Africa is an amazing continent, it is poor, dis-organised, corrupted, but yet so friendly, so full of delicious surprises and again as I have stressed so often in this blog, people have very little but they still share it. Africa loves singing, Africa loves dancing, Africa lives on the hope of better days and it often gives you the impression that it accepts its faith a bit too easily, “God willing” as you hear so often. Riding across Africa is not easy, there are still plenty of barriers against cyclists: a bicycle is still far too often seen as the method of transport for the poor and African drivers have very little respect for cyclists, making it difficult for us. I had to jump off the road at numerous occasions to save my life. The real danger in Africa is not the last few free roaming lions or poisonous snakes as many still believe, but simply bad drivers.
I was forced to witness the rapid expansion of China in the continent, building roads and infrastructures in most places we passed. I was also surprised by the strong influence of South Africa, especially south of the Equator. South African companies are opening retail outlets all over. I am more optimistic about that one than about the Chinese presence…
Africa did not disappoint me, it scared me, it made me laugh, it gave me joy, it made me dream, it also taught me new things about life and even about myself.
To conclude, here are a few logistical numbers,
- Number of kilometers ridden on my bike 12 035 (including extra kilometers when getting lost)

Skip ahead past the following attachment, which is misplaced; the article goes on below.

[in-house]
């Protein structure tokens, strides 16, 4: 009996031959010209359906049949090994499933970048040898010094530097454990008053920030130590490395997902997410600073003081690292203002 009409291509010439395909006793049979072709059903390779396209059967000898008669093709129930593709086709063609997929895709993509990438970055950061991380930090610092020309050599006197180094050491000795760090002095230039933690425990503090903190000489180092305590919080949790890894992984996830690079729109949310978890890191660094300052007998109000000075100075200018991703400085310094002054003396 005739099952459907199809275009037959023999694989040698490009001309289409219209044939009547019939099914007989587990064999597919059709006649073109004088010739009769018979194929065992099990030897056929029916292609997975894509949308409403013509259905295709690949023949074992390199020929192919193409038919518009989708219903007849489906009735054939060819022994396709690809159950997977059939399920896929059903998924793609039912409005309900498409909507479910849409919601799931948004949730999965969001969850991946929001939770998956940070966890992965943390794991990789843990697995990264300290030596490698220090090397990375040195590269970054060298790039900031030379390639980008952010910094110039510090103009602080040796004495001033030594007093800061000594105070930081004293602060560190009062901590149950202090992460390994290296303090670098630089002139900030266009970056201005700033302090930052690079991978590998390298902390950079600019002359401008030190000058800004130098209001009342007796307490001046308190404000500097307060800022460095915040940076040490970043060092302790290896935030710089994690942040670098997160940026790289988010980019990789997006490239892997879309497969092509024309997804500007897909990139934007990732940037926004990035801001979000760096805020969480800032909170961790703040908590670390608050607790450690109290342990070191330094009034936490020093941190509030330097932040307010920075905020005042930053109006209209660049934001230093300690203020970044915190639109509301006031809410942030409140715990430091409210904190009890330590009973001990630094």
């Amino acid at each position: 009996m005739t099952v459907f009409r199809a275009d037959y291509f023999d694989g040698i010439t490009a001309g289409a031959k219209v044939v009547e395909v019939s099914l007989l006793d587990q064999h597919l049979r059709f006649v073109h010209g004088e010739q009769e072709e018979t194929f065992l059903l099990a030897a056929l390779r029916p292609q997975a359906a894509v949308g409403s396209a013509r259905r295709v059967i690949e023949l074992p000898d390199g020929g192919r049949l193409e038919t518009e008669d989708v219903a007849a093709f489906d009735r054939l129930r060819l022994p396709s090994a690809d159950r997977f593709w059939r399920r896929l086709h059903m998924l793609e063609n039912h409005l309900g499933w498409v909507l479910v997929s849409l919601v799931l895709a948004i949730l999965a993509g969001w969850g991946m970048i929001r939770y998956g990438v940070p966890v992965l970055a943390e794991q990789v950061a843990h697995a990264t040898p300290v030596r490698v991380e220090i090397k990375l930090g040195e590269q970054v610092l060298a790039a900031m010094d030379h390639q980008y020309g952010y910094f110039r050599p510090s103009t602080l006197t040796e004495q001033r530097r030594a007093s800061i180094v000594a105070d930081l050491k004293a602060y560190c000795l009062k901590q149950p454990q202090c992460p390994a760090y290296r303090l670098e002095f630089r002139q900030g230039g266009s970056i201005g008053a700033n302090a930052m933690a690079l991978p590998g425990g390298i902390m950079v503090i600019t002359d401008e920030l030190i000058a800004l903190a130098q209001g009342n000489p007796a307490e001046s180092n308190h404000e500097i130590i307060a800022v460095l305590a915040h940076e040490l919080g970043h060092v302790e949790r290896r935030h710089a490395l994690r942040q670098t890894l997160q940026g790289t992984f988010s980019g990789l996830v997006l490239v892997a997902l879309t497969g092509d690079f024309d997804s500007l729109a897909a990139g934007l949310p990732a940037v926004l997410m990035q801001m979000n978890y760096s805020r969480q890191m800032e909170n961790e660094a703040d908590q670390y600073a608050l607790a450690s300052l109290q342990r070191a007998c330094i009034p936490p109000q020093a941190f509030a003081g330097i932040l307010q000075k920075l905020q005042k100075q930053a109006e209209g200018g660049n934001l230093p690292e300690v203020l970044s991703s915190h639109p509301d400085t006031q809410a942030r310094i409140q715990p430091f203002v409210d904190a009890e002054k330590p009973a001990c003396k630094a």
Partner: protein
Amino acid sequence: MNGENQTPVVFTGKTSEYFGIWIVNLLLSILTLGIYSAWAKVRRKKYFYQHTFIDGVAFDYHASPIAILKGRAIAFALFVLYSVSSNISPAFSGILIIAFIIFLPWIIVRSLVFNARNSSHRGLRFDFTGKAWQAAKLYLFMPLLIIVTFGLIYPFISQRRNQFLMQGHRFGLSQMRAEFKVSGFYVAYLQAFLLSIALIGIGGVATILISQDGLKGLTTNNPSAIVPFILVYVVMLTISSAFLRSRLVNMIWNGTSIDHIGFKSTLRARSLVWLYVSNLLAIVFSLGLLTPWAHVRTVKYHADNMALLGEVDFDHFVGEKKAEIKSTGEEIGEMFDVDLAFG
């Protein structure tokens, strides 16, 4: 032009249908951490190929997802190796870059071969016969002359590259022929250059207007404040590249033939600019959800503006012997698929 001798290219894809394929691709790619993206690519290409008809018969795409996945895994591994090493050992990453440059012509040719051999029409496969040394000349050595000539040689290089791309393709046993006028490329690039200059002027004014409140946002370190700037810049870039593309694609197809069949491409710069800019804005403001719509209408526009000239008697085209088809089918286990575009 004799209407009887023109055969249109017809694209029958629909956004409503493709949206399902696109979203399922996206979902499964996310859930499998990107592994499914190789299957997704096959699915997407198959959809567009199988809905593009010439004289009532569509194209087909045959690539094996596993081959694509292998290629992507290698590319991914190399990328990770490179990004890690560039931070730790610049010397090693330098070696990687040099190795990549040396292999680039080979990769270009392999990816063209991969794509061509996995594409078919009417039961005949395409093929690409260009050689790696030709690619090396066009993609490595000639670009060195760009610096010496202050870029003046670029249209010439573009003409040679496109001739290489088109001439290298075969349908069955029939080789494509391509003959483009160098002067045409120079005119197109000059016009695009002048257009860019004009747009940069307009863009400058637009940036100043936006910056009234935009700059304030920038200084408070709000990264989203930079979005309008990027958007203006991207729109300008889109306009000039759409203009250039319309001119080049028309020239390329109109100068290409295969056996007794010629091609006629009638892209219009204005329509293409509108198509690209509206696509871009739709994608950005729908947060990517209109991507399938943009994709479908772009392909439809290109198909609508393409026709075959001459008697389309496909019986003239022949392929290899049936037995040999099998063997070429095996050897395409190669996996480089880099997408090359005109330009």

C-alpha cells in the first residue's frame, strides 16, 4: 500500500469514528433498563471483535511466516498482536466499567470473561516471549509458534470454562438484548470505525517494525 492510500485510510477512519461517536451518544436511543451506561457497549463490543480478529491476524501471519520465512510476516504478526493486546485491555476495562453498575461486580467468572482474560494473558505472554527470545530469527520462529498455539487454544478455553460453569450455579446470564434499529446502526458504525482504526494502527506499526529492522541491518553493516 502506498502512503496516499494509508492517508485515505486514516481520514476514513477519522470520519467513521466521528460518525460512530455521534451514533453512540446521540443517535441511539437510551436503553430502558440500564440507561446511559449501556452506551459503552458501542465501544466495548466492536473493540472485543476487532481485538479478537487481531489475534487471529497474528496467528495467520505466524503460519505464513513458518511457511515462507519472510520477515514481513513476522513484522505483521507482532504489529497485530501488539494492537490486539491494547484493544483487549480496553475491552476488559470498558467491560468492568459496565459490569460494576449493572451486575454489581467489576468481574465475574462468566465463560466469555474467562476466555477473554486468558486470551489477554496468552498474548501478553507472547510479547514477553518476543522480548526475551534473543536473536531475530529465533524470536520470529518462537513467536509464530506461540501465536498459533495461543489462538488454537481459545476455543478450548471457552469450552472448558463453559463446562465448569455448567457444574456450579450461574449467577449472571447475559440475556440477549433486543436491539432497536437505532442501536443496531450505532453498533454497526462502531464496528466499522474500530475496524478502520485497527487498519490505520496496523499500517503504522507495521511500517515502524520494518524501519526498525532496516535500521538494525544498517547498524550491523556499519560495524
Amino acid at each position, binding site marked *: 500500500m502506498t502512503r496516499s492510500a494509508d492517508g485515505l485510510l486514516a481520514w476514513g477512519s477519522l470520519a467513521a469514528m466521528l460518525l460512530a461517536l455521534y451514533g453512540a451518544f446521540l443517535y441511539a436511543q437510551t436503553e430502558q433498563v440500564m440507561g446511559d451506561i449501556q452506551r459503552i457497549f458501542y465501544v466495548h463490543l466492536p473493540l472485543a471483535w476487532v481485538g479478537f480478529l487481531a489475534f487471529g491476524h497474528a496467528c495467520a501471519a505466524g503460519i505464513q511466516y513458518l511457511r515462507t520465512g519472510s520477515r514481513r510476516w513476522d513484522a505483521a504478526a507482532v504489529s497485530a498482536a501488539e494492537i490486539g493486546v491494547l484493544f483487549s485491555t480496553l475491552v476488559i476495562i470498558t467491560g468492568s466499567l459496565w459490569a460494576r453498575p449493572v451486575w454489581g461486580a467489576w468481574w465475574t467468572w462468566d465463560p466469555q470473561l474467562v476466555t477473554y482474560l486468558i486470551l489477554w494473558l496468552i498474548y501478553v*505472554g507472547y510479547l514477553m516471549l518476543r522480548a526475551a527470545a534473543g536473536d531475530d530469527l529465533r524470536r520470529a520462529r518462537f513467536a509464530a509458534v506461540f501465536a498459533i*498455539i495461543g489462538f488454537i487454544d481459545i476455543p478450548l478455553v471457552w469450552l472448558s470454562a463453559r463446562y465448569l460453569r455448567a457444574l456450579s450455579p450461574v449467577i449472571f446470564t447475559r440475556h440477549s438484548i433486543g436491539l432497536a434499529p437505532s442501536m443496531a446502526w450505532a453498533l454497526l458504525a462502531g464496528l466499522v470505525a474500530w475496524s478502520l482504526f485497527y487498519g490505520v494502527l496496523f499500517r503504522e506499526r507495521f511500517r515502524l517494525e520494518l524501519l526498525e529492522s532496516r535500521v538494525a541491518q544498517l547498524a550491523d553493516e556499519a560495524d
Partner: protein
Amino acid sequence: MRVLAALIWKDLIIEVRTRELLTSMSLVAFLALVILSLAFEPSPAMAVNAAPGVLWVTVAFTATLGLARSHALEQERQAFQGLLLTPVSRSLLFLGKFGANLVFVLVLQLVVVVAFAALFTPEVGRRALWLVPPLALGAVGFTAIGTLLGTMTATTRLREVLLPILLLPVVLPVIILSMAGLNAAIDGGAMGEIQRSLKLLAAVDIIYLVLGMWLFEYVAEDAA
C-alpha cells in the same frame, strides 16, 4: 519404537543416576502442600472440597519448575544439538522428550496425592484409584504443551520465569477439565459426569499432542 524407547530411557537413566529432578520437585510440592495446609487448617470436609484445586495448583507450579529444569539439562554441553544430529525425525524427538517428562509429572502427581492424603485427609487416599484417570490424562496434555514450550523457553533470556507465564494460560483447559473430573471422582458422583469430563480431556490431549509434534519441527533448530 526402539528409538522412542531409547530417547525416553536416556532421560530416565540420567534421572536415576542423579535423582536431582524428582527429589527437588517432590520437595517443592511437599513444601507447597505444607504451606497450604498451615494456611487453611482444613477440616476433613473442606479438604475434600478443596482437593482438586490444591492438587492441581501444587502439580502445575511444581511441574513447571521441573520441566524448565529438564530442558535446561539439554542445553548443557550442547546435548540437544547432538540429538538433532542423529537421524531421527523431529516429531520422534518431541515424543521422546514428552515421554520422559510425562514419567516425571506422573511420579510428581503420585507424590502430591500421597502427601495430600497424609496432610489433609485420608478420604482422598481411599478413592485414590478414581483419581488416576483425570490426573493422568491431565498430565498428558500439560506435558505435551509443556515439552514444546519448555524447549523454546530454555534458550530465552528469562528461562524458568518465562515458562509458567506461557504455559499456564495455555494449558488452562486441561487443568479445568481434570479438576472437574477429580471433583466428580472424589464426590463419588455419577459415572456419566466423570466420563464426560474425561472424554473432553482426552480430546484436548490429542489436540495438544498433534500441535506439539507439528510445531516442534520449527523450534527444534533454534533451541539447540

- Number of punctures: 10 (from which 6 took place the same day in Tanzania)
- Total budget for this trip: about 15 000 euro
- Total of bribes paid: 1 (5 dollars to a chef in Malawi to skip the one hour queue at a restaurant and get my T-bone within 5 minutes, it is amazing what an hungry stomach can make you do…)
- Weight lost: 10 kg (out of 72) at the worst in Ethiopia. I have now regained most of it
- Number of Cokes (and Pepsi) drunk. estimated 250 to 300
- Most water drunk during one ride: 12 liters (worst day in Sudan)
- Fall of my bicycle: only once in Dinder park Sudan, not bad for such a long trip.
- Stolen things: 0 yes, nothing was stolen from me during this trip!
- Toughest country: Ethiopia
- Most exotic country: Ethiopia
- Best T-bone: Namibia (Felix Unite camp)
- Most exotic food: Sudan and Ethiopia
- Highest temperature during a ride: 45 degrees Celsius (Sudan)
- Lowest temperature during a ride: 7 degrees Celsius (South Africa, Springbok)
- Cheapest meal: Ethiopia (2 dollars including drinks)
- Best fruit juices: Ethiopia
- Friendliest people: Malawi
- Biggest danger: Traffic riding into Nairobi
- The question most asked to us: “Where are you go?” (Every Ethiopian kid)
- Longest day: 207 km in Botswana, but longest saddle time was 10 hours in Ethiopia
- Best money ever invested: 50 cents for a bucket of fresh water in Zambia to wash myself
- Most beautiful part of the trip: Tanzania, between Arusha and Iringa, 700 km of pure beauty!
- Worst day of the tour: a 130 km long stage in Ethiopia that took us to an altitude of 3100 meters and where I was sick as a dog with fever, stomach bug and bladder infection.
- Highlights of the tour: An Ethiopian nurse giving me her lunch in Addis and seeing Table mountain appearing in the horizon had both water filling my eyes.”